Last night Switch Committee did a show at the Cornservatory. Unlike other shows, this one was a competition. The format was that each team gets 8 minutes to do a long form set. After every team does their set, they pick from a hat and choose different short form games to play. Members from each team face off against members of the Cornservatory team known as the Improv Gladiators. Our set that we did was so much fun. It had to do with doppelgangers and past/future selves. For example, going into the future and saying hello to yourself. There were 2 people on stage (David and Alan) and Collin was walking around in the background. Turns out that Collin was actually David from the past, but it scared Alan. Alan got so scared he overreacted (as his character) and killed Collin. This would lead to a quick game where Collin would keep coming back to life and Alan would keep shooting him. It was hilarious. I would walk-in towards the end of the scene to reveal that I was actually Alan from another time. The scene following that was pretty grounded, but the content was very funny. It was between a father (David) and son (me) who went fishing trying to make up for lost time and a lost childhood. We would find out within this scene that my father was a gambler who spent 22 years sitting in an isolated room as punishment for his debts. He had also whittled me a toothbrush out of wood that would cause splinters, which would lead to a quick scene at the dentist. Ridiculous. I really enjoyed one scene in particular, which revolved around me saying NO. One of the so-called golden rules of improv is YES AND. However, you can use NO at times as long as it helps to progress the scene. We were all in a scene at a fast food sandwich place and Alan simply asked if he could order something. My immediate answer was NO. The game of questions and No’s was quickly established. Somewhat of a NO AND instead. It was not a transaction scene because we would end up becoming the time-traveling future/past selves again within this scene at the very end as a nice wrap-up. At the end of the set, we were judged and I was very pleased with their feedback. They said they really enjoyed it and commented positively on things like our listening with one another and the ability to use NO in a way that progresses the scene.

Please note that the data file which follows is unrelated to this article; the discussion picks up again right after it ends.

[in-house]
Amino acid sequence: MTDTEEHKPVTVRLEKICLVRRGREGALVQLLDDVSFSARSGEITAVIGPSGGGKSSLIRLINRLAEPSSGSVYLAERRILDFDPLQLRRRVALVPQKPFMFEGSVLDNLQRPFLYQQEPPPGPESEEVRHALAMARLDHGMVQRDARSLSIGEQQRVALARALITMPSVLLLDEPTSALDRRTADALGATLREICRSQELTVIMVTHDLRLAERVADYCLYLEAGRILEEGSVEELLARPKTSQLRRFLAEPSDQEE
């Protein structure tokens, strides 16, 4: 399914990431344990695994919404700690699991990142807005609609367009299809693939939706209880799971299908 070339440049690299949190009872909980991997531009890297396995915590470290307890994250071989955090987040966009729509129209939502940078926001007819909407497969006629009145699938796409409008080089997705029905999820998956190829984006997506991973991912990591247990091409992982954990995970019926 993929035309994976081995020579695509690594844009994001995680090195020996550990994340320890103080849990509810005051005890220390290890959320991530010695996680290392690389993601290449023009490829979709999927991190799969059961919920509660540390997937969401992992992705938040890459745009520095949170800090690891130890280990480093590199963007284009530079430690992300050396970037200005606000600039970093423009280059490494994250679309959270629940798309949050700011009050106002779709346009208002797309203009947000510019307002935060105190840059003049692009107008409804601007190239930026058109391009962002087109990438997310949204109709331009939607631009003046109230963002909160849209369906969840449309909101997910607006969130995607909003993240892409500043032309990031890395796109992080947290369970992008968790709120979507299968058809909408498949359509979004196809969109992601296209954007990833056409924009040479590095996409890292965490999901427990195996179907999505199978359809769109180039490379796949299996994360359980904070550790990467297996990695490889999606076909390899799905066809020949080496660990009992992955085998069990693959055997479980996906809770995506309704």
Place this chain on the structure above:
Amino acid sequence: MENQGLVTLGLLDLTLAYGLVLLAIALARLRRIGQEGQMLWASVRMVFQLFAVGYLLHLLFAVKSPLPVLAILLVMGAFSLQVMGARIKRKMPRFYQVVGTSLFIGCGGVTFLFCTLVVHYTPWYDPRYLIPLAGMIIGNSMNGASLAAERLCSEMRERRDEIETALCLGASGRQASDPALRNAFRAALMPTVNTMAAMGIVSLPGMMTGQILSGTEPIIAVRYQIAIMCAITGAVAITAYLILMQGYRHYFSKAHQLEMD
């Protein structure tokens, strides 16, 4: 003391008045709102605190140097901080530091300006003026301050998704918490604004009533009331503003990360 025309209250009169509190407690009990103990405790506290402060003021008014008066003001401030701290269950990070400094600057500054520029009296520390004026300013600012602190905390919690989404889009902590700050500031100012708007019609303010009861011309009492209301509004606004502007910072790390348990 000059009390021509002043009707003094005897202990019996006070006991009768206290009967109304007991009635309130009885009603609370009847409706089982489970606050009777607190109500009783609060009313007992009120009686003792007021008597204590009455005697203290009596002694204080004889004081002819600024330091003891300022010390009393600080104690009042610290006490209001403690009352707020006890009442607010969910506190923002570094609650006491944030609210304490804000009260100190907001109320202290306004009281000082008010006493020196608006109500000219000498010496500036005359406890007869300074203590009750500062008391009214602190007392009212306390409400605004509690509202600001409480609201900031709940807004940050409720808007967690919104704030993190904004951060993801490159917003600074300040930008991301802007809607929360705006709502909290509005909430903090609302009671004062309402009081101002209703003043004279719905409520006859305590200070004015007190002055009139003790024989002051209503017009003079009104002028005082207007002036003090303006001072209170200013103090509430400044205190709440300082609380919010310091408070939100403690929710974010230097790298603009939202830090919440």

As for the games…even though I did short form for 2 years in college, I completely forgot what the hell was going on in the scene and was focusing on how to play the game. A few stammering seconds went by. Needless to say, the whistle was blown and I was OUT before I even said a word. Thank God for my other team members picking up the slack on this one. Short form is not my forte. However, my friends were able to stick it out and win points for both beating the gladiators and surviving the total time period. At the end of the night, we ended up winning the competition. I was absolutely thrilled because we were in second place going into the final short form portion of the show. Each week they decide a winner and you continue to progress until you have a final face-off (not the one with John Travolta and Nicholas Cage) between the others teams. The finale winner gets a 4 week run of shows at the Cornservatory.